Monday, September 30, 2013

The need to punch someone

School started a few weeks ago and we are in the middle of the transitional time where the boys are getting used to their new schedule and they’re becoming acclimated to their new teachers and classrooms. It is always a challenge, but school is always such a welcome experience following the less-scheduled summertime.

Over the past couple of months I have noticed that the boys were starting to fight more. At first it was kind of cute in a way. This is because in the past they weren’t really interested enough in each other to spend the time and energy to play together, much less fight. Their autism experience meant they didn’t choose to have interactions with each other unless it was necessary.

As they began to have small arguments and sibling rivalry, I was excited for those neurotypical moments. In my mind, it was part of their development and they were learning what it meant to be brothers. They appeared to be going through something that all siblings go through when they just rub each other the wrong way simply because they live together in the same house day after day. I know what that’s like and so does everyone else out there that is not an only child.

Their fighting became more intense as the summer continued, and it also became physical. It got so bad that at the end of summer it seemed that we were dealing with daily screaming matches, hitting or kicking that always led to someone getting hurt or brought to tears, and the eventual slamming of doors and yelling through the walls to continue the argument from their different rooms after I had to forcibly separate them when I couldn’t take any more.

In many regards, Prince Charming has been the instigator of most the fights. Although, Monkey is not innocent and often pushes all the hot buttons that quickly trigger his little brother. You would think that Monkey would just clock Prince Charming because he has been training in karate for a year now. But, what I found was that Monkey would often fall victim to the aggression that came from Prince Charming when he had turned into a Grumpy Badger. Monkey wouldn’t defend himself and would eventually get hurt to some degree; but I’ve found that about half the time his “hurt” is for dramatic purposes in the hope that it will get his brother in trouble.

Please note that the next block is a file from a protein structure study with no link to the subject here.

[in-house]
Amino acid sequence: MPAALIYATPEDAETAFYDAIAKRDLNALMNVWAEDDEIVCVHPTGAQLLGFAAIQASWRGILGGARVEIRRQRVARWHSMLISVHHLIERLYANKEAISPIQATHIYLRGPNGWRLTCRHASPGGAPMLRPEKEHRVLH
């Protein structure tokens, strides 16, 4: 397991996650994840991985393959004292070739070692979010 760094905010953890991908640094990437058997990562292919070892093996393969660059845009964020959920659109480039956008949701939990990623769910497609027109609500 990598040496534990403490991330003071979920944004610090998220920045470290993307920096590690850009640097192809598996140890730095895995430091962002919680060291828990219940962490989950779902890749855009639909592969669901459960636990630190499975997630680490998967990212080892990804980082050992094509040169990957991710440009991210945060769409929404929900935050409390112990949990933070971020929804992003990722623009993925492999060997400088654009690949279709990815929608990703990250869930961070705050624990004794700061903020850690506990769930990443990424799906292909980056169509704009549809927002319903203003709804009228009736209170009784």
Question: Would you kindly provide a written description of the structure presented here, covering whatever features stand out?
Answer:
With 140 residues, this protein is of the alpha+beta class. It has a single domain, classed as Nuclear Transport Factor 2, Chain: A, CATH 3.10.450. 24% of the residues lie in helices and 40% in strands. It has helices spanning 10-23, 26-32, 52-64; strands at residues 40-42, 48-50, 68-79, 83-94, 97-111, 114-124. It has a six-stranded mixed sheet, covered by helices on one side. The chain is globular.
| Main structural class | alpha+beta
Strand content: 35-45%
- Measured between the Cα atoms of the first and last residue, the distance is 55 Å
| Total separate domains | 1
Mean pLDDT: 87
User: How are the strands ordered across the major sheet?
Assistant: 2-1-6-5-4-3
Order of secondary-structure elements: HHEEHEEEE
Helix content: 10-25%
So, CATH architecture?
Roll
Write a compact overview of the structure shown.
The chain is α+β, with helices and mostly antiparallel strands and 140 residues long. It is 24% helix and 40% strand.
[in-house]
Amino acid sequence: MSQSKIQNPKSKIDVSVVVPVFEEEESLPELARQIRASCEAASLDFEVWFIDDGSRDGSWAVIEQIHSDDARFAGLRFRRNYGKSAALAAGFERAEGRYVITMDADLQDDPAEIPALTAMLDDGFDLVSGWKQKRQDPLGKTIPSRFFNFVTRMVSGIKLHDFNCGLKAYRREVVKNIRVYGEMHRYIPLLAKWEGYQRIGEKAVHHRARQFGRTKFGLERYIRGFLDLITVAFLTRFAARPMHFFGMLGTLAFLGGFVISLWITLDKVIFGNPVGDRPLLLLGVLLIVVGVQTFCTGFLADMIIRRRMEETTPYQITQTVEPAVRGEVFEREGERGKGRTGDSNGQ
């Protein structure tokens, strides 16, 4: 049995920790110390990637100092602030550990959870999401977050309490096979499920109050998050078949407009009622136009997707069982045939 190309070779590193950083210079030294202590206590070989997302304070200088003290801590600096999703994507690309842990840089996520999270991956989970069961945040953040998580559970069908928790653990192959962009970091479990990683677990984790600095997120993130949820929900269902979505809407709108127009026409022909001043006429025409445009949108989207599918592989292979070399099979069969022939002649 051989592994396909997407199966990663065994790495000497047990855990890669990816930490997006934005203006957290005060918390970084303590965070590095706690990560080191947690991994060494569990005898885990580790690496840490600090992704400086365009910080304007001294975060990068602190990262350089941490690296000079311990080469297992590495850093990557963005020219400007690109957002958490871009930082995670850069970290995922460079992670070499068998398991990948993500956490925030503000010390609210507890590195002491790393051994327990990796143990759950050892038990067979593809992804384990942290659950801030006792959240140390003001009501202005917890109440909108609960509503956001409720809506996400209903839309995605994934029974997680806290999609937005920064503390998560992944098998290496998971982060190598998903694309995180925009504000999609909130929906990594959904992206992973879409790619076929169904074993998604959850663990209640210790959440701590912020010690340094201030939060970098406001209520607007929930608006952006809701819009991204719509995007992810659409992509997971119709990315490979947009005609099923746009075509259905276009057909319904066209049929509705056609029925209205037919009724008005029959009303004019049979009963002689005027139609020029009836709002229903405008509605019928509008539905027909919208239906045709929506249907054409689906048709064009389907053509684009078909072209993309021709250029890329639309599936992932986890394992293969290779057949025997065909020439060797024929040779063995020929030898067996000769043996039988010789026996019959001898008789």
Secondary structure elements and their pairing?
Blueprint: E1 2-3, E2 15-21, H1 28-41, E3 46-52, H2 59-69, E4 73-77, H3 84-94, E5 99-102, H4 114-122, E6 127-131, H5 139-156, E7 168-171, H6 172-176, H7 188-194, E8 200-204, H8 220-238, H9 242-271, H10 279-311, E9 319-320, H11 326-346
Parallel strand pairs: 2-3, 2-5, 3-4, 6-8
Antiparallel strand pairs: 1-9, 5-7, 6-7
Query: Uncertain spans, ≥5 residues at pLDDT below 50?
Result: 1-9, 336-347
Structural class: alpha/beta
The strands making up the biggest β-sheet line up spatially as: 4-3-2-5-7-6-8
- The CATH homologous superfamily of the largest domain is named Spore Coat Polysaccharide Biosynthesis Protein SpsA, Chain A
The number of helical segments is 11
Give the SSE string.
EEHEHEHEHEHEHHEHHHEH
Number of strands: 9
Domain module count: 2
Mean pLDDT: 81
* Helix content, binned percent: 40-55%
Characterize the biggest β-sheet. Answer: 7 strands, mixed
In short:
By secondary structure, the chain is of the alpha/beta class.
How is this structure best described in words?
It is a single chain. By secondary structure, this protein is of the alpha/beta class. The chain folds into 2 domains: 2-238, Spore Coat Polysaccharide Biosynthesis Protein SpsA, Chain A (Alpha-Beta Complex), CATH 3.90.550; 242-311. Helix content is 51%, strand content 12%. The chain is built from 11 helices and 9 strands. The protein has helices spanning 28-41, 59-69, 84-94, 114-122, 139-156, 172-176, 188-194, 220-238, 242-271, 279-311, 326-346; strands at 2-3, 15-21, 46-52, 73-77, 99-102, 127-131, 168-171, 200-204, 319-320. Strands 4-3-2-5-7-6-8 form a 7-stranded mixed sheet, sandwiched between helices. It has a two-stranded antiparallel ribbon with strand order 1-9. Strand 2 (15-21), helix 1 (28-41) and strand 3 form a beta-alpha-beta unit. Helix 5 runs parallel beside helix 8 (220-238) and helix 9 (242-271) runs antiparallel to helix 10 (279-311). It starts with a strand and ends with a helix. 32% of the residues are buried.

After a particularly rough week last week, I sat down with Prince Charming to have a talk about what had been going on between him and his brother. I had been thinking that some of the fighting had to do with his need for sensory input on his body (a.k.a. “proprioception”). He had been hitting his punching bag in his room a lot more recently, and I wasn’t sure if it was due to anger issues or sensory issues or both.

This is the punching bag
that Prince Charming uses.
He doesn't use the gloves.
(Affiliate Link)
We had a really nice chat, just the two of us, hanging out on my bed. I let him do most of the talking as I led with certain questions to try to open him up.

After a few minutes I asked him, “Honey, why do you keep hitting your brother?” 

The response I got was quite surprising.

“He makes a really great punching bag, Mommy.”

It struck me as funny and I immediately started to laugh. He got a case of the giggles because I was laughing, so we had a good chuckle for a moment.

Then I asked him, “What do you mean by ‘he makes a great punching bag’?”

“It feels good when I punch him.”

“So, do you like punching him to make him cry, or do you like the way it feels on your hand?”

“It feels good on my hand. He’s softer than my punching bag.”

“Oh, I understand! It makes your body feel good when you are hitting something, and hitting him feels nicer than hitting the punching bag.”


“I have an idea about something else you could do that might make you feel the same way but wouldn’t hurt your brother. Do you want to try it with me?”


He got really excited. I demonstrated how he could put couch cushions on the floor and try to punch straight down to see if he could feel the floor through the cushion. He showed me that he’d like to try it a different way than I suggested, and he was happy to try it out.

When we are in the throes of a bad day because the boys are fighting incessantly and I feel like I’m at the end of my patience and ugly mommy is going to pay a visit, it is so easy to automatically go to the behavioral side of the equation. But, if I hadn’t been paying attention, I would have missed the clues he gave me about the fact that his sensory needs were not being met.

Obviously it isn’t okay for him to hit or hurt his brother, and there are consequences for his actions when it happens. But, it was more than that. And, that’s the point. As parents of children with autism, we need to keep our eyes, ears, and minds open to the possibility that there is more going on than what we see in front of us. If we can seek clues that lead to the function of the behavior, we will be able to better work with our children in guiding them to a more appropriate outcome, and it will also help us keep our sanity intact for another day.

Friday, September 13, 2013